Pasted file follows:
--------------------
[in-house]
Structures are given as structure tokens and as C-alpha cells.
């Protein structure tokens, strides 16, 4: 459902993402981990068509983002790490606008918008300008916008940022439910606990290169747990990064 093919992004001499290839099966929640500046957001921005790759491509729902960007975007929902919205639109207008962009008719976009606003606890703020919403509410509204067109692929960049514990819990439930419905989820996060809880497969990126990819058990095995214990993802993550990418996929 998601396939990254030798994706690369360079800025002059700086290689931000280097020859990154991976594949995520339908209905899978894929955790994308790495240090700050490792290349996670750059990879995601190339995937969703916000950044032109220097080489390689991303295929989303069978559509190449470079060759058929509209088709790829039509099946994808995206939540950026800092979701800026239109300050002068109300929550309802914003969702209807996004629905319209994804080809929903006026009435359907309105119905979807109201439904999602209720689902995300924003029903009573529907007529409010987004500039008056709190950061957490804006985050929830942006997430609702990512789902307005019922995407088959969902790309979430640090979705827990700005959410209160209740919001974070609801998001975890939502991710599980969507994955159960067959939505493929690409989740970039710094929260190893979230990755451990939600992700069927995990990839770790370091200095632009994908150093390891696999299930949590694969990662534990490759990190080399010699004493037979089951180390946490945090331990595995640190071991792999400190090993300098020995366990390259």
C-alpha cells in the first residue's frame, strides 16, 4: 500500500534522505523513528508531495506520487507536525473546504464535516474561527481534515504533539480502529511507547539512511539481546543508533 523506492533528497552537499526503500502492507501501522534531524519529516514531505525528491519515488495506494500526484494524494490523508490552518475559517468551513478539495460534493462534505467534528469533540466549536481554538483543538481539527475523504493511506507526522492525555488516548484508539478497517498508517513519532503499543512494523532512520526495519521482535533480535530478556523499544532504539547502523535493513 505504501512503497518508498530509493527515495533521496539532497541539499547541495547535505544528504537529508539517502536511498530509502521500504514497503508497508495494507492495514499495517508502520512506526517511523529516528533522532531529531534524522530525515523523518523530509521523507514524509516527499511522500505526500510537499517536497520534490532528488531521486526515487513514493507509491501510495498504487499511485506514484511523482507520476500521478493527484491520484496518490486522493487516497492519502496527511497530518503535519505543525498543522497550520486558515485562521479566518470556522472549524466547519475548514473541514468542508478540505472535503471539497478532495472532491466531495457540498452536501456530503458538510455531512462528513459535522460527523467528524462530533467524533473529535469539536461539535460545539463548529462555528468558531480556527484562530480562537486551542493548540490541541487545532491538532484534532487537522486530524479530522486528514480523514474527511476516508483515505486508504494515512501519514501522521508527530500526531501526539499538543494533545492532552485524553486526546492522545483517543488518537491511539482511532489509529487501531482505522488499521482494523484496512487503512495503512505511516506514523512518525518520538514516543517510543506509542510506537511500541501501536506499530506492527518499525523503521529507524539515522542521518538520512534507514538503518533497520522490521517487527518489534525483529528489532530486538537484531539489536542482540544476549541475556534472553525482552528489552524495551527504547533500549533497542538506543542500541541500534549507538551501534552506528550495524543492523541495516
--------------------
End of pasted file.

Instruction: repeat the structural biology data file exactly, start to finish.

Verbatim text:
[in-house]
Structures are given as structure tokens and as C-alpha cells.
């Protein structure tokens, strides 16, 4: 459902993402981990068509983002790490606008918008300008916008940022439910606990290169747990990064 093919992004001499290839099966929640500046957001921005790759491509729902960007975007929902919205639109207008962009008719976009606003606890703020919403509410509204067109692929960049514990819990439930419905989820996060809880497969990126990819058990095995214990993802993550990418996929 998601396939990254030798994706690369360079800025002059700086290689931000280097020859990154991976594949995520339908209905899978894929955790994308790495240090700050490792290349996670750059990879995601190339995937969703916000950044032109220097080489390689991303295929989303069978559509190449470079060759058929509209088709790829039509099946994808995206939540950026800092979701800026239109300050002068109300929550309802914003969702209807996004629905319209994804080809929903006026009435359907309105119905979807109201439904999602209720689902995300924003029903009573529907007529409010987004500039008056709190950061957490804006985050929830942006997430609702990512789902307005019922995407088959969902790309979430640090979705827990700005959410209160209740919001974070609801998001975890939502991710599980969507994955159960067959939505493929690409989740970039710094929260190893979230990755451990939600992700069927995990990839770790370091200095632009994908150093390891696999299930949590694969990662534990490759990190080399010699004493037979089951180390946490945090331990595995640190071991792999400190090993300098020995366990390259």
C-alpha cells in the first residue's frame, strides 16, 4: 500500500534522505523513528508531495506520487507536525473546504464535516474561527481534515504533539480502529511507547539512511539481546543508533 523506492533528497552537499526503500502492507501501522534531524519529516514531505525528491519515488495506494500526484494524494490523508490552518475559517468551513478539495460534493462534505467534528469533540466549536481554538483543538481539527475523504493511506507526522492525555488516548484508539478497517498508517513519532503499543512494523532512520526495519521482535533480535530478556523499544532504539547502523535493513 505504501512503497518508498530509493527515495533521496539532497541539499547541495547535505544528504537529508539517502536511498530509502521500504514497503508497508495494507492495514499495517508502520512506526517511523529516528533522532531529531534524522530525515523523518523530509521523507514524509516527499511522500505526500510537499517536497520534490532528488531521486526515487513514493507509491501510495498504487499511485506514484511523482507520476500521478493527484491520484496518490486522493487516497492519502496527511497530518503535519505543525498543522497550520486558515485562521479566518470556522472549524466547519475548514473541514468542508478540505472535503471539497478532495472532491466531495457540498452536501456530503458538510455531512462528513459535522460527523467528524462530533467524533473529535469539536461539535460545539463548529462555528468558531480556527484562530480562537486551542493548540490541541487545532491538532484534532487537522486530524479530522486528514480523514474527511476516508483515505486508504494515512501519514501522521508527530500526531501526539499538543494533545492532552485524553486526546492522545483517543488518537491511539482511532489509529487501531482505522488499521482494523484496512487503512495503512505511516506514523512518525518520538514516543517510543506509542510506537511500541501501536506499530506492527518499525523503521529507524539515522542521518538520512534507514538503518533497520522490521517487527518489534525483529528489532530486538537484531539489536542482540544476549541475556534472553525482552528489552524495551527504547533500549533497542538506543542500541541500534549507538551501534552506528550495524543492523541495516